How Can People Harmed by Climate Change Be Compensated?



Should people harmed by climate change be compensated?

From typhoons and flooding to heatwaves and drought, research has shown that many disasters are already being made worse, or more likely to occur, due to climate change. Slow onset climate events like sea level rise, ocean acidification, loss of agricultural land or glacial retreat are also already taking place—sea level rise is now in the region of 3 to 4 mm per year.

All countries will be affected by climate change, but some of the most impacted countries have done very little to cause it in the first place. These countries are also often the very ones that most lack the resources needed to deal with these disasters.

The imbalance has been acknowledged by the leaders of developed countries and historic polluters, who have set up mechanisms to transfer financial support to developing countries to help them cut emissions and adapt to the consequences of climate change.

But support for another issue, known as “loss and damage,” has long been a politically fraught topic, and so far has only minimal support. The term refers to the consequences of climate change that can no longer be adapted to, explains Chikondi Chabvuta, Southern Africa region advocacy adviser at the nonprofit CARE. “It is really about reparations, and climate justice,” she says. “It’s these damages that are taking place within countries in the global south that are stretching their capacity to adapt and absorb the shocks. In the end, they are left with lost communities, lost livelihoods, lost lives, that cannot be put on an adaptation program.”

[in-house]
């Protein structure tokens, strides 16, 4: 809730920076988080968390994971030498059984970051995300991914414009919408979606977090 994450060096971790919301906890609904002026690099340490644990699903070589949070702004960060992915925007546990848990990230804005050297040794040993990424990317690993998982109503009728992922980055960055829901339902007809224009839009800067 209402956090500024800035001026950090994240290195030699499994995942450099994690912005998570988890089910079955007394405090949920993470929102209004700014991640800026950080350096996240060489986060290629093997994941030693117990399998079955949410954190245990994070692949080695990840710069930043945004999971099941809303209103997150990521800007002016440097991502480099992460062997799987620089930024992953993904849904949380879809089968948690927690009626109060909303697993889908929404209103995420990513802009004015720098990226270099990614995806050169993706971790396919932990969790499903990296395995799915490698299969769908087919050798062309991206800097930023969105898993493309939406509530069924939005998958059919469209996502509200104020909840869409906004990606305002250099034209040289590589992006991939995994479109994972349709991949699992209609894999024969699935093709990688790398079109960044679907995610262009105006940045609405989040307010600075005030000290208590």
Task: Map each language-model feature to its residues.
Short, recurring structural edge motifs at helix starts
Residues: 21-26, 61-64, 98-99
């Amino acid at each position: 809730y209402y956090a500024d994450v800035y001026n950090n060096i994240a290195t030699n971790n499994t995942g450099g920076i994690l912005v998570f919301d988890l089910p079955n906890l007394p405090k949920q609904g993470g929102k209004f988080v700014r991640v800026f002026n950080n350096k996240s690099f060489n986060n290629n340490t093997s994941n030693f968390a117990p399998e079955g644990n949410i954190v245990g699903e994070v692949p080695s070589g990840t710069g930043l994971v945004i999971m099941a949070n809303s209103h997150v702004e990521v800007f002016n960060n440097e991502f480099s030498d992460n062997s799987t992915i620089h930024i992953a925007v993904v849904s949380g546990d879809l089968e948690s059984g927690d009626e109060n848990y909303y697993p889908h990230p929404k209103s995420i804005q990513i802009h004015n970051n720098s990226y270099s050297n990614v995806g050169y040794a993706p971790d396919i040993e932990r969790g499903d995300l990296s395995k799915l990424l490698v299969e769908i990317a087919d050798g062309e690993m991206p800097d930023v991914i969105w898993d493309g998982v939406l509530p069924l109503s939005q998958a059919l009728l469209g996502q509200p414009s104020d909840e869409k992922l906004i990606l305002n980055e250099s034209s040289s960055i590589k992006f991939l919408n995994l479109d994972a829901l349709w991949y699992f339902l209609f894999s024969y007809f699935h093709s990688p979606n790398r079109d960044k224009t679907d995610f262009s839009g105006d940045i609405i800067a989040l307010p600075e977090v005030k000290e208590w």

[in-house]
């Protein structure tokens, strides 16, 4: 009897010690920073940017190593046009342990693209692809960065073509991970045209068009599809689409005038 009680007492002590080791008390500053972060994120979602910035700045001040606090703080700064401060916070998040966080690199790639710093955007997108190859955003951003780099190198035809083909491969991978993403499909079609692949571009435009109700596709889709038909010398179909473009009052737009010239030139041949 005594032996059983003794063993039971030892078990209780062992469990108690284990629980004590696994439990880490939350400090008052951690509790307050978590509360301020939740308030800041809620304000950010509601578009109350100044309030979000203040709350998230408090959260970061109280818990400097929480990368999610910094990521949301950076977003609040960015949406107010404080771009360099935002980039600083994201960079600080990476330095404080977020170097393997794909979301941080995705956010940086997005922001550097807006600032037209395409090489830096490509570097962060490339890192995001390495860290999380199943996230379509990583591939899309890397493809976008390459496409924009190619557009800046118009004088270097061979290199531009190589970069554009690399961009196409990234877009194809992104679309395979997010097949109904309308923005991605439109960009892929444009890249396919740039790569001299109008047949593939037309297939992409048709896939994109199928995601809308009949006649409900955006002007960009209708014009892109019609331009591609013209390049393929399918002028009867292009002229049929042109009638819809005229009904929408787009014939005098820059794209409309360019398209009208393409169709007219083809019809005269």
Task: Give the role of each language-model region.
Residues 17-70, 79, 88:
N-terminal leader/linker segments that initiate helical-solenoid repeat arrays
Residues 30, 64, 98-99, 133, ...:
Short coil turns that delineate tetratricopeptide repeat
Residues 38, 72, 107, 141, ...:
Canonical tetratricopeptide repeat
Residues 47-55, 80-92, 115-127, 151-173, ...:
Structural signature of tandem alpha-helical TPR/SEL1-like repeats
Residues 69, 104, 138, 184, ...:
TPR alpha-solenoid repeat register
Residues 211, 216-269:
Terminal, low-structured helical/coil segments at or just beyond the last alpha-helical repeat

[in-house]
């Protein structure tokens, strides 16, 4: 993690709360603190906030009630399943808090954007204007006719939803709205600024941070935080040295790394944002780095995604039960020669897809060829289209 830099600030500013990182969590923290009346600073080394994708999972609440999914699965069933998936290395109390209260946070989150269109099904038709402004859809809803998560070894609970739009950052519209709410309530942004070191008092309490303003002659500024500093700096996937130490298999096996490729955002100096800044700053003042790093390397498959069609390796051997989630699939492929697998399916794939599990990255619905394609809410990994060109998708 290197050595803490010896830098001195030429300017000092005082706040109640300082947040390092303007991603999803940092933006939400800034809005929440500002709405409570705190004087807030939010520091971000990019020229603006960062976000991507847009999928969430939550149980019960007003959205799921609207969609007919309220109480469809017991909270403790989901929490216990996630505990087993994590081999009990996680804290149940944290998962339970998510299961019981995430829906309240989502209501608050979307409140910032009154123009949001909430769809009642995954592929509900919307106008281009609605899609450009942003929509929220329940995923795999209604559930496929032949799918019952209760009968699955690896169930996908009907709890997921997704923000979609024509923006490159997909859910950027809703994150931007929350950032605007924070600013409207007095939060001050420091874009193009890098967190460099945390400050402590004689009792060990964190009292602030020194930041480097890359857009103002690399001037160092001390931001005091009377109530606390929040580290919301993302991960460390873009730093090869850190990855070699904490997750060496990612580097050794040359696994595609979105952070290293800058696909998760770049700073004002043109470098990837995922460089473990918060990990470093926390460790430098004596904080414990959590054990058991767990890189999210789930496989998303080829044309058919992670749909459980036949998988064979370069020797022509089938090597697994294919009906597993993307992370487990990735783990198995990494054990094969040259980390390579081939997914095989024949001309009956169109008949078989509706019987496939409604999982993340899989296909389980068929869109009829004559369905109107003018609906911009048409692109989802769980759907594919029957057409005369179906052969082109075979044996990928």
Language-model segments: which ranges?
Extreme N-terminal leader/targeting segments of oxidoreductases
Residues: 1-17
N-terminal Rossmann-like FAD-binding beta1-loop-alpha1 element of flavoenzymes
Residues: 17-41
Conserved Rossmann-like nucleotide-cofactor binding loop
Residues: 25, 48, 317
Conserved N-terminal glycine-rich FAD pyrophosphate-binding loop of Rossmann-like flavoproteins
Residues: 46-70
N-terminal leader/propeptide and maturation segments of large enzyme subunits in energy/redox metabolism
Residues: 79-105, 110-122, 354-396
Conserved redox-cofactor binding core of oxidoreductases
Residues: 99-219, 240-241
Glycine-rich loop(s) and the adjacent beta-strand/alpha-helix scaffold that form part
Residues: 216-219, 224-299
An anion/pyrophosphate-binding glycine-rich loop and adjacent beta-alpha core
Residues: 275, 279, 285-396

The issue of finance for loss and damage blew up at the COP26 climate conference in Glasgow last month, where developing countries representing the vast majority of the world’s population supported the creation of a financial mechanism for it, but which eventually fell through. A network has been set up to support “technical assistance” for dealing with loss and damage, but rich countries such as the US have been very resistant to putting money on the table to actually help countries recover from climate disasters.

“Right now, the United Nations system has agreed to channel finance from richer countries to lower income countries so that those countries can transition to greener pathways, and so that they can become more resilient to future impacts,” Teresa Anderson, a climate policy campaigner at ActionAid, told me during COP26. “But if you’re destroyed by a climate disaster, and have to pick up the pieces and rebuild and recover, then you’re on your own.”

Speaking last month at a press conference as COP26 concluded, John Kerry, the US special presidential envoy for climate, said his country remains “always thoughtful about the issue of liability.” He added: “What we think is, in the next few years, we have to work through what is this all about? How much money is needed for what? What’s the legality of it?”


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